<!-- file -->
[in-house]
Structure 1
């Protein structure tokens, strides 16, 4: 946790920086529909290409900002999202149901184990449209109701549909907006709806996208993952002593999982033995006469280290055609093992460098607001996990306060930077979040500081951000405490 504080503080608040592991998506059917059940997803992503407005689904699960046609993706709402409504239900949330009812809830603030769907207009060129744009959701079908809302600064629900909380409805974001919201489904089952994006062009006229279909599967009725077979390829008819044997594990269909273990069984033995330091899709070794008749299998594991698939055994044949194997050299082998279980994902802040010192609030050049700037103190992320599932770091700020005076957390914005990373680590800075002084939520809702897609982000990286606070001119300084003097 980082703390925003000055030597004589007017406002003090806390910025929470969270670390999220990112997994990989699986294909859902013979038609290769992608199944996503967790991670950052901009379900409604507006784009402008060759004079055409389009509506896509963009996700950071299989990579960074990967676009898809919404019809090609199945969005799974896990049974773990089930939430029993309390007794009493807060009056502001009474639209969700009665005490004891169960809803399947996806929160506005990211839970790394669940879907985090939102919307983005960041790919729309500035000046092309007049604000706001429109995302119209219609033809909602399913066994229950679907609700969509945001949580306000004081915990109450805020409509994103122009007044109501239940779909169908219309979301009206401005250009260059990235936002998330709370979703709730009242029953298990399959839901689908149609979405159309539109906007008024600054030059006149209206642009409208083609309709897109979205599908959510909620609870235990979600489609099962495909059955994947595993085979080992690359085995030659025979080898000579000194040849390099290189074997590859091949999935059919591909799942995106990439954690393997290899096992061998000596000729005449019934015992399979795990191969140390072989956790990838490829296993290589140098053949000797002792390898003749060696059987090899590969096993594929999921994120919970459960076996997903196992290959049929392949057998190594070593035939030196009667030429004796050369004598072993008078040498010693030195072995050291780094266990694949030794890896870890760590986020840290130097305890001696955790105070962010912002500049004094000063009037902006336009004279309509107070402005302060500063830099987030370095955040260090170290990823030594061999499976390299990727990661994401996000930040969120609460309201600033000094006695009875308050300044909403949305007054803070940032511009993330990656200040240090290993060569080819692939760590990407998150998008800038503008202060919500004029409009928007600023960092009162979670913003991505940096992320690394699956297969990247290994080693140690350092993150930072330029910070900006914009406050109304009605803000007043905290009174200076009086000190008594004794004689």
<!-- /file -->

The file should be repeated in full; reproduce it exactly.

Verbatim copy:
[in-house]
Structure 1
């Protein structure tokens, strides 16, 4: 946790920086529909290409900002999202149901184990449209109701549909907006709806996208993952002593999982033995006469280290055609093992460098607001996990306060930077979040500081951000405490 504080503080608040592991998506059917059940997803992503407005689904699960046609993706709402409504239900949330009812809830603030769907207009060129744009959701079908809302600064629900909380409805974001919201489904089952994006062009006229279909599967009725077979390829008819044997594990269909273990069984033995330091899709070794008749299998594991698939055994044949194997050299082998279980994902802040010192609030050049700037103190992320599932770091700020005076957390914005990373680590800075002084939520809702897609982000990286606070001119300084003097 980082703390925003000055030597004589007017406002003090806390910025929470969270670390999220990112997994990989699986294909859902013979038609290769992608199944996503967790991670950052901009379900409604507006784009402008060759004079055409389009509506896509963009996700950071299989990579960074990967676009898809919404019809090609199945969005799974896990049974773990089930939430029993309390007794009493807060009056502001009474639209969700009665005490004891169960809803399947996806929160506005990211839970790394669940879907985090939102919307983005960041790919729309500035000046092309007049604000706001429109995302119209219609033809909602399913066994229950679907609700969509945001949580306000004081915990109450805020409509994103122009007044109501239940779909169908219309979301009206401005250009260059990235936002998330709370979703709730009242029953298990399959839901689908149609979405159309539109906007008024600054030059006149209206642009409208083609309709897109979205599908959510909620609870235990979600489609099962495909059955994947595993085979080992690359085995030659025979080898000579000194040849390099290189074997590859091949999935059919591909799942995106990439954690393997290899096992061998000596000729005449019934015992399979795990191969140390072989956790990838490829296993290589140098053949000797002792390898003749060696059987090899590969096993594929999921994120919970459960076996997903196992290959049929392949057998190594070593035939030196009667030429004796050369004598072993008078040498010693030195072995050291780094266990694949030794890896870890760590986020840290130097305890001696955790105070962010912002500049004094000063009037902006336009004279309509107070402005302060500063830099987030370095955040260090170290990823030594061999499976390299990727990661994401996000930040969120609460309201600033000094006695009875308050300044909403949305007054803070940032511009993330990656200040240090290993060569080819692939760590990407998150998008800038503008202060919500004029409009928007600023960092009162979670913003991505940096992320690394699956297969990247290994080693140690350092993150930072330029910070900006914009406050109304009605803000007043905290009174200076009086000190008594004794004689």